Refactoring Day 22 : Break Method

Today’s refactoring didn’t really come from any one source. It just named it although someone else may have something similar that’s named differently. If you know of anyone that has a name for this other than Break Method, please let me know.

This refactoring is kind of a meta-refactoring in the fact that it’s just extract method applied over and over until you decompose one large method into several smaller methods. This example here is a tad contrived because the AcceptPayment method isn’t doing as much as I wanted. Imagine that there is much more supporting code around each action that the one method is doing. That would match a real world scenario if you can picture it that way.

Below we have the AcceptPayment method that can be decomposed multiple times into distinct methods.

   1: public class CashRegister

   2: {

   3:     public CashRegister()

   4:     {

   5:         Tax = 0.06m;

   6:     }

   7:  

   8:     private decimal Tax { get; set; }

   9:  

  10:     public void AcceptPayment(Customer customer, IEnumerable<Product> products, decimal payment)

  11:     {

  12:         decimal subTotal = 0m;

  13:         foreach (Product product in products)

  14:         {

  15:             subTotal += product.Price;

  16:         }

  17:  

  18:         foreach(Product product in products)

  19:         {

  20:             subTotal -= product.AvailableDiscounts;

  21:         }

  22:  

  23:         decimal grandTotal = subTotal * Tax;

  24:  

  25:         customer.DeductFromAccountBalance(grandTotal);

  26:     }

  27: }

  28:  

  29: public class Customer

  30: {

  31:     public void DeductFromAccountBalance(decimal amount)

  32:     {

  33:         // deduct from balance

  34:     }

  35: }

  36:  

  37: public class Product

  38: {

  39:     public decimal Price { get; set; }

  40:     public decimal AvailableDiscounts { get; set; }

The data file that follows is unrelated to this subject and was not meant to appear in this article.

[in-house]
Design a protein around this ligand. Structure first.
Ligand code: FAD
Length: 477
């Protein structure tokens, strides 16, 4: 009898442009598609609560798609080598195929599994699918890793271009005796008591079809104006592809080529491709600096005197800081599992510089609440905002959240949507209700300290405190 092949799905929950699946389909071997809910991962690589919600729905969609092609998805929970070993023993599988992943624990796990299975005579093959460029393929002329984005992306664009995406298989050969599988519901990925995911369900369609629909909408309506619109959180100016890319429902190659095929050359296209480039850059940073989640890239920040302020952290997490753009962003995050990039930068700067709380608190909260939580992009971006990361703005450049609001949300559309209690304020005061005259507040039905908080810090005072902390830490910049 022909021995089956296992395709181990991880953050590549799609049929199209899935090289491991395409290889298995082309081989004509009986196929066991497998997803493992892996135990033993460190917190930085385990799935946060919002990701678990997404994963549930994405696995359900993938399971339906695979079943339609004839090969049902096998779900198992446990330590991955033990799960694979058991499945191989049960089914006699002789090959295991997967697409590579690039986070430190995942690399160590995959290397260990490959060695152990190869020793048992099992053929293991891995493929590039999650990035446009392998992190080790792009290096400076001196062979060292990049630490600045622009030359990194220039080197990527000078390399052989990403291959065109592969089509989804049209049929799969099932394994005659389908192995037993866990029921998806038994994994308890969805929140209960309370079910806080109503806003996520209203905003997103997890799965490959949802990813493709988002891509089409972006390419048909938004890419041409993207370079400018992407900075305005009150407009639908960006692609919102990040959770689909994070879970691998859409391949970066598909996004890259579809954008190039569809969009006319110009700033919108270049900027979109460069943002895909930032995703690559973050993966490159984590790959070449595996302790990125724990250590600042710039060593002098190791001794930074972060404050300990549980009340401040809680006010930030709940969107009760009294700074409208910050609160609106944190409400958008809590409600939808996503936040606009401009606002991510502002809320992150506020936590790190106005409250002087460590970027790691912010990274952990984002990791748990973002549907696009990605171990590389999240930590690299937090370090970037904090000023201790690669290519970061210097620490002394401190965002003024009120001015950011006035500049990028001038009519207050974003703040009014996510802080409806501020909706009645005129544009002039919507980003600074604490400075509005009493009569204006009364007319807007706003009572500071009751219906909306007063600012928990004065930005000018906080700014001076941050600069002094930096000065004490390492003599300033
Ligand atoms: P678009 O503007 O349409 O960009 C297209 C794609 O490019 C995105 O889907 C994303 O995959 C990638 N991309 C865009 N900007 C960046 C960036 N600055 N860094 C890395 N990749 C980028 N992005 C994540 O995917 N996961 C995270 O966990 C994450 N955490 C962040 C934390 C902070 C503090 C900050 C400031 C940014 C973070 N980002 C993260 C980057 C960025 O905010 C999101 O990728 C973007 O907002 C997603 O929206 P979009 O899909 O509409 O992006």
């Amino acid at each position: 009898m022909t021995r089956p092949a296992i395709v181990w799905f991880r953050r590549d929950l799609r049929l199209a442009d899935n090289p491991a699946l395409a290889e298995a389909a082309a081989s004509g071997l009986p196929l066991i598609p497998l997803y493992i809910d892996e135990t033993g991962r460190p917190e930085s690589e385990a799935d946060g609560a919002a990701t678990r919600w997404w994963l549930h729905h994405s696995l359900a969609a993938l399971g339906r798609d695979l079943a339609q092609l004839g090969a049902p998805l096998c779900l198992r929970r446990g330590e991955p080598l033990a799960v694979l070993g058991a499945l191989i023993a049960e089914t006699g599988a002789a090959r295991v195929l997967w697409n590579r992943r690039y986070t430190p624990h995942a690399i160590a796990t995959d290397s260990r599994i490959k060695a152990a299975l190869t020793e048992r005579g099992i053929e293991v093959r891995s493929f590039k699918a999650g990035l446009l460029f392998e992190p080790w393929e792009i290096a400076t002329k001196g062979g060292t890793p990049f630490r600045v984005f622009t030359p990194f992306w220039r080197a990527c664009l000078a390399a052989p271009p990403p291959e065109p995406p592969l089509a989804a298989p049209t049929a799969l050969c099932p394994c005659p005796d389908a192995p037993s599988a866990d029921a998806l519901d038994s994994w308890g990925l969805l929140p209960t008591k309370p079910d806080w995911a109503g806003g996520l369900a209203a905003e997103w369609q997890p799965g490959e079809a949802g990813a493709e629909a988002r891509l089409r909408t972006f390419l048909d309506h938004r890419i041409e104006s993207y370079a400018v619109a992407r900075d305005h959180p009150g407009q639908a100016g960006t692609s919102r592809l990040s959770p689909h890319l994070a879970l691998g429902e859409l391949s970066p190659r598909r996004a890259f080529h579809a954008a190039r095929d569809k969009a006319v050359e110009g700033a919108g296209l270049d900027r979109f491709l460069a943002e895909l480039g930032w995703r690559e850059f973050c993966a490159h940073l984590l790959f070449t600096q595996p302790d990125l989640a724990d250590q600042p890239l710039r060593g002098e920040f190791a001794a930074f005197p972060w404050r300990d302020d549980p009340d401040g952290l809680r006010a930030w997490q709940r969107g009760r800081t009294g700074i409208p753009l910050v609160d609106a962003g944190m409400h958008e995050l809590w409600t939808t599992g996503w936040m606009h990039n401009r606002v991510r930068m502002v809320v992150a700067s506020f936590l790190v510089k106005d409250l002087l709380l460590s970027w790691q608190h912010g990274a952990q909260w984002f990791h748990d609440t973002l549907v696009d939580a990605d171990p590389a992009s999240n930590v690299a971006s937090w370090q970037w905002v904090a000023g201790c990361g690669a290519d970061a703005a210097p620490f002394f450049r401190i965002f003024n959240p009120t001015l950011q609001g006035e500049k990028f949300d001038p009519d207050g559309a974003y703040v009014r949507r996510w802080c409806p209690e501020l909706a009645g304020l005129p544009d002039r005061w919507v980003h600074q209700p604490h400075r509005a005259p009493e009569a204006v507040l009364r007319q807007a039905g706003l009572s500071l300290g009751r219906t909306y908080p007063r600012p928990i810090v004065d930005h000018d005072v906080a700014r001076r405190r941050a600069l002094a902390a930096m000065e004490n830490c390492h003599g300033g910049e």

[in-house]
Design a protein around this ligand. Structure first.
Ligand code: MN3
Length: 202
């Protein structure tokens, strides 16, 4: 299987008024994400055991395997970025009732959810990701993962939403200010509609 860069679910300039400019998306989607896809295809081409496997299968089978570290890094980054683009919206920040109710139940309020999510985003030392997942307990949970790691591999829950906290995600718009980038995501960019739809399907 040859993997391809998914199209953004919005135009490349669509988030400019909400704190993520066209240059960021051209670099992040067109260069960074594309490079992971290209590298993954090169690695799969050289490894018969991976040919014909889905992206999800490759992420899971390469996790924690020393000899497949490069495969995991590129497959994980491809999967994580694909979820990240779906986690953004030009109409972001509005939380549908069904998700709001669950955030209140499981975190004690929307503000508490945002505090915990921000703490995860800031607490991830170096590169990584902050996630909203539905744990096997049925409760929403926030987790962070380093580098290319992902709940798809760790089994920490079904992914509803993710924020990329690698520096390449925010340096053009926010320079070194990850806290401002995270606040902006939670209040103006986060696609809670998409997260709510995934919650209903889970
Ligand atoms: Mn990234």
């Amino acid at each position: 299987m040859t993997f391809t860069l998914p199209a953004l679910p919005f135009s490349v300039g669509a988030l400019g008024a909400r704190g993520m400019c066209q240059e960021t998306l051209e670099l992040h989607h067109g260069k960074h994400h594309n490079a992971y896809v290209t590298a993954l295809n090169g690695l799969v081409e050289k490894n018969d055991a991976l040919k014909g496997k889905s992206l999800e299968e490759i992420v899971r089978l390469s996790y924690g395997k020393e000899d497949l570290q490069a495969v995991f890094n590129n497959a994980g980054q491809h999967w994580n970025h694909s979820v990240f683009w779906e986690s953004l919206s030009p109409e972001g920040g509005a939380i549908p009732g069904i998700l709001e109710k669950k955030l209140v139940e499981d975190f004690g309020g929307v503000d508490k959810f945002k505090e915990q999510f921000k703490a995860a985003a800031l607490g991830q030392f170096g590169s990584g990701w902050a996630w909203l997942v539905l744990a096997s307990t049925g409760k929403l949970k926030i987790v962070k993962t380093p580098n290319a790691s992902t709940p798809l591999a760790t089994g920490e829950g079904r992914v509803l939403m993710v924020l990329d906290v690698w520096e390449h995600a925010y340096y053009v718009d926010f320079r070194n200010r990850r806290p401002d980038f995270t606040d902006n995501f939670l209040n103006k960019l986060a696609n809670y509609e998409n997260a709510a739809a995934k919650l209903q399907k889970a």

41: }

As you can see the AcceptPayment method has a couple of things that can be decomposed into targeted methods. So we perform the Extract Method refactoring a number of times until we come up with the result:

   1: public class CashRegister

   2: {

   3:     public CashRegister()

   4:     {

   5:         Tax = 0.06m;

   6:     }

   7:  

   8:     private decimal Tax { get; set; }

   9:     private IEnumerable<Product> Products { get; set; }

  10:  

  11:     public void AcceptPayment(Customer customer, IEnumerable<Product> products, decimal payment)

  12:     {

  13:         decimal subTotal = CalculateSubtotal();

  14:  

  15:         subTotal = SubtractDiscounts(subTotal);

  16:  

  17:         decimal grandTotal = AddTax(subTotal);

  18:  

  19:         SubtractFromCustomerBalance(customer, grandTotal);

  20:     }

  21:  

  22:     private void SubtractFromCustomerBalance(Customer customer, decimal grandTotal)

  23:     {

  24:         customer.DeductFromAccountBalance(grandTotal);

  25:     }

  26:  

  27:     private decimal AddTax(decimal subTotal)

  28:     {

  29:         return subTotal * Tax;

  30:     }

  31:  

  32:     private decimal SubtractDiscounts(decimal subTotal)

  33:     {

  34:         foreach(Product product in Products)

  35:         {

  36:             subTotal -= product.AvailableDiscounts;

  37:         }

  38:         return subTotal;

  39:     }

  40:  

  41:     private decimal CalculateSubtotal()

  42:     {

  43:         decimal subTotal = 0m;

  44:         foreach (Product product in Products)

  45:         {

  46:             subTotal += product.Price;

  47:         }

  48:         return subTotal;

  49:     }

  50: }

  51:  

  52: public class Customer

  53: {

  54:     public void DeductFromAccountBalance(decimal amount)

  55:     {

  56:         // deduct from balance

  57:     }

  58: }

  59:  

  60: public class Product

  61: {

  62:     public decimal Price { get; set; }

  63:     public decimal AvailableDiscounts { get; set; }

  64: }

This is part of the 31 Days of Refactoring series. For a full list of Refactorings please see the original introductory post.

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About Sean Chambers

I am a Senior software developer from Palm Coast, Florida. An advocate of Domain Driven Design, Behavior Driven Development, creator of FluentMigrator and community activist. I am married to my beautiful wife Erin and am the proud father of two wonderful children. I currently reside at ACI, a local insurance industry/mortgage software company that excels in creating solutions using Agile methodologies.
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  • cab

    I think Kent Beck defines this as composed method pattern.

  • Marek Rosa

    I think that the refactored version is missing the loop over the products and also a product should be passed to SubtractDiscounts.